different aluminum loading :

a) 6% (in mass) of 30 µm aluminum droplets with 3 µm residues (as if the propellant was scaled

down).

b) 6% (in mass) of 125 µm aluminum droplets with 60 µm residues (as if the propellant was not

scaled down).

Figure 13 : Vorticity and gas temperature fields as well as head end pressure signals (compared to Navier-

Stokes simulation, far left) for two cases described.

14

The propellant scaling law was based on the Stokes number analogy : St = ω τ, where ω is the

acoustic angular frequency and τ the particulate characteristic time. If τ is the particulate dynamic

relaxation time, τ = ρsd /18µ or if τ is the combustion time τ≈d ,with the model used here, the same

2 2

1/2

scaling law is obtained as : d proportional to 1/ω

Thus at the LP6 scale (1/15), 125 µm corresponds to roughly 30 µm.

The results are summarized in the following tables and illustrated by Figure 13.

PHE (bar) 41,03 47,54 46,68

∆PHE (Pa) 9204 16789 2100

∆PAE (Pa) 12552 18810 3598

Fr (Hz) 297 315 302

When aluminum burns, the mean pressure increases due to the increase in the chamber temperature.

When expressed in relative amplitudes the results are as given in the table below.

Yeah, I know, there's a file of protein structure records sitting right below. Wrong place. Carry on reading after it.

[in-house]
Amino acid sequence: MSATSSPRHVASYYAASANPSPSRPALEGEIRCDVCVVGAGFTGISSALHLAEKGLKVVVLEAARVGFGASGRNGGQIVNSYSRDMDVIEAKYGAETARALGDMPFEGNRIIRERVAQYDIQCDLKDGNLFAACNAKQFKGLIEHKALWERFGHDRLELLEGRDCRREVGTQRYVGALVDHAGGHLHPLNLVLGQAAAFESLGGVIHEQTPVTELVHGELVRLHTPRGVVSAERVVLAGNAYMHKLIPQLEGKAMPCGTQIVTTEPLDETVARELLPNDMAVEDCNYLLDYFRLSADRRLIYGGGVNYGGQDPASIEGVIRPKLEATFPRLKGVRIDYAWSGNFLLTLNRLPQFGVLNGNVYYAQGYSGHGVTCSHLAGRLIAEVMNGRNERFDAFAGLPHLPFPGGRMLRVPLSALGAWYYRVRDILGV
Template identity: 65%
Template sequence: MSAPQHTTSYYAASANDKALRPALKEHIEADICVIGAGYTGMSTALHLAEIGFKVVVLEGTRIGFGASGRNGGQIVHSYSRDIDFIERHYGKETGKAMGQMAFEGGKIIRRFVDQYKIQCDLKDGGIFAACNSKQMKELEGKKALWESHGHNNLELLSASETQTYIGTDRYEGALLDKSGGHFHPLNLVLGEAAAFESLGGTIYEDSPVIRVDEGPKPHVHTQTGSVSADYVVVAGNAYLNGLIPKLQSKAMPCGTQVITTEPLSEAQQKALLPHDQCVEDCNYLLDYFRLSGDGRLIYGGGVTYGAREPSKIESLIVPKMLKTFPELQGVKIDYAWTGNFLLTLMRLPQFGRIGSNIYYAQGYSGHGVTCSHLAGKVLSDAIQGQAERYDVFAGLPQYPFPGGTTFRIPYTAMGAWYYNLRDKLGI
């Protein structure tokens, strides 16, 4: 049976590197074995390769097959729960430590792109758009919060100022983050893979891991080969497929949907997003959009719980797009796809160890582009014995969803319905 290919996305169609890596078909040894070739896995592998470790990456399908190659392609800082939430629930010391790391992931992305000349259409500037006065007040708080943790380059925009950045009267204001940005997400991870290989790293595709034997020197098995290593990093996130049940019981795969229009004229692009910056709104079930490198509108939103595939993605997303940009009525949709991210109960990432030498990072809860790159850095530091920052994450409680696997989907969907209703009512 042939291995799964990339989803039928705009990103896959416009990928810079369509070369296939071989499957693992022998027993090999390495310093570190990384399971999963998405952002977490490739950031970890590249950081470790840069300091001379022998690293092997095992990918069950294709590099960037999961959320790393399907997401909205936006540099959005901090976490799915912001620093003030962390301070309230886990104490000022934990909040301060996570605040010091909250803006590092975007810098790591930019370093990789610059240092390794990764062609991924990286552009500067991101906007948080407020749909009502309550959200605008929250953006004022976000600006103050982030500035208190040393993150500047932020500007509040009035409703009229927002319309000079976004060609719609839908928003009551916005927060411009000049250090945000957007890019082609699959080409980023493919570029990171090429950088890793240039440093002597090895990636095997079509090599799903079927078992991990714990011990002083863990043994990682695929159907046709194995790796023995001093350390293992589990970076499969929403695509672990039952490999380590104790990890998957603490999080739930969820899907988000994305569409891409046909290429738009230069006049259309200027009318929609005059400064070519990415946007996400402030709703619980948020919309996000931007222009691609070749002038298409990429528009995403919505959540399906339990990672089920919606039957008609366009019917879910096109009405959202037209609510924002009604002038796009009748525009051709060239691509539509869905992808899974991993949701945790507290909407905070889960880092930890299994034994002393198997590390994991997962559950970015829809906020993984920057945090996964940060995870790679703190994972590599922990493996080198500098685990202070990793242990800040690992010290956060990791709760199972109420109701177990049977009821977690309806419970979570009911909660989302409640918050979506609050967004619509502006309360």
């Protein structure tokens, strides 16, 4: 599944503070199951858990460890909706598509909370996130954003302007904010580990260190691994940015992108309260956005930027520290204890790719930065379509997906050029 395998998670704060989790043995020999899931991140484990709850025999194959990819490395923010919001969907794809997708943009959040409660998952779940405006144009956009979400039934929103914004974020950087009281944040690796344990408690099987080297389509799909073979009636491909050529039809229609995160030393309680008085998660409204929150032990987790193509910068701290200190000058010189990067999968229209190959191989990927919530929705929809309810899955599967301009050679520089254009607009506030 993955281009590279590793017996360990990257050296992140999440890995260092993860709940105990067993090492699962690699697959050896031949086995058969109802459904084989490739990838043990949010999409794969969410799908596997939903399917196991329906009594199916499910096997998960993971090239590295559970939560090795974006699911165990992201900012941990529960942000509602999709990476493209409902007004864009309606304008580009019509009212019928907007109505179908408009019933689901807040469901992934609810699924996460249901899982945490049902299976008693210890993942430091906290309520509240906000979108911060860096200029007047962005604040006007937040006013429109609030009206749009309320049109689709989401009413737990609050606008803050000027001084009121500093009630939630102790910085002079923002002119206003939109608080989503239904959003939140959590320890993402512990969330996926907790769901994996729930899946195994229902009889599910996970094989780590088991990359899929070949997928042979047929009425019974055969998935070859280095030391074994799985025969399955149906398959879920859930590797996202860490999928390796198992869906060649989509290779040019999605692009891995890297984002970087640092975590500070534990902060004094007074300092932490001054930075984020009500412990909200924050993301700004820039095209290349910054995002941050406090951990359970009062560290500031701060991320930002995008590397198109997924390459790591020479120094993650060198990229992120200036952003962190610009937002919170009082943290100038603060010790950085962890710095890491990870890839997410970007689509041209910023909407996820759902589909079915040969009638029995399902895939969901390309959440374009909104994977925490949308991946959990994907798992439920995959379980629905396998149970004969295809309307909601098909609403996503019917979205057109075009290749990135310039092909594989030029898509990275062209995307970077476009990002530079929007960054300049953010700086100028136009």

RPHE 1,57 0,20

RPAE 1,29 0,25

It is interesting to note that, in these subscale computations, large particles considerably reduce the

levels of oscillatory levels, in good agreement with the results of LP6 firings with the full scale

aluminized propellant, while smaller (scaled down) aluminum particles lead to oscillatory levels close

to the full scale levels. This shows that distributed aluminum combustion plays an important role on

the resulting oscillatory levels. This open the way to further simulations of full scale motors when

aluminum distributed combustion is present. It also open the way to control of the oscillatory levels

through control of the aluminum droplet size, considering the agglomeration process which is

responsible of the active large particles.

Conclusion

Confrontation between experimental and numerical results for vortex shedding driven pressure

oscillations phenomena in segmented subscale motor has given new insight on this very complex

issue. A complete data base for both experimental and numerical results has also been generated

which will be very useful for further work and will be progressively completed as long as new results

are available. From the four different configurations tested, a new vision can be proposed which

mainly rely on surface vortex shedding as the main driver for pressure oscillations. No evidence of

vortices shed around the cavity between center and aft segments has conforted the recent scenario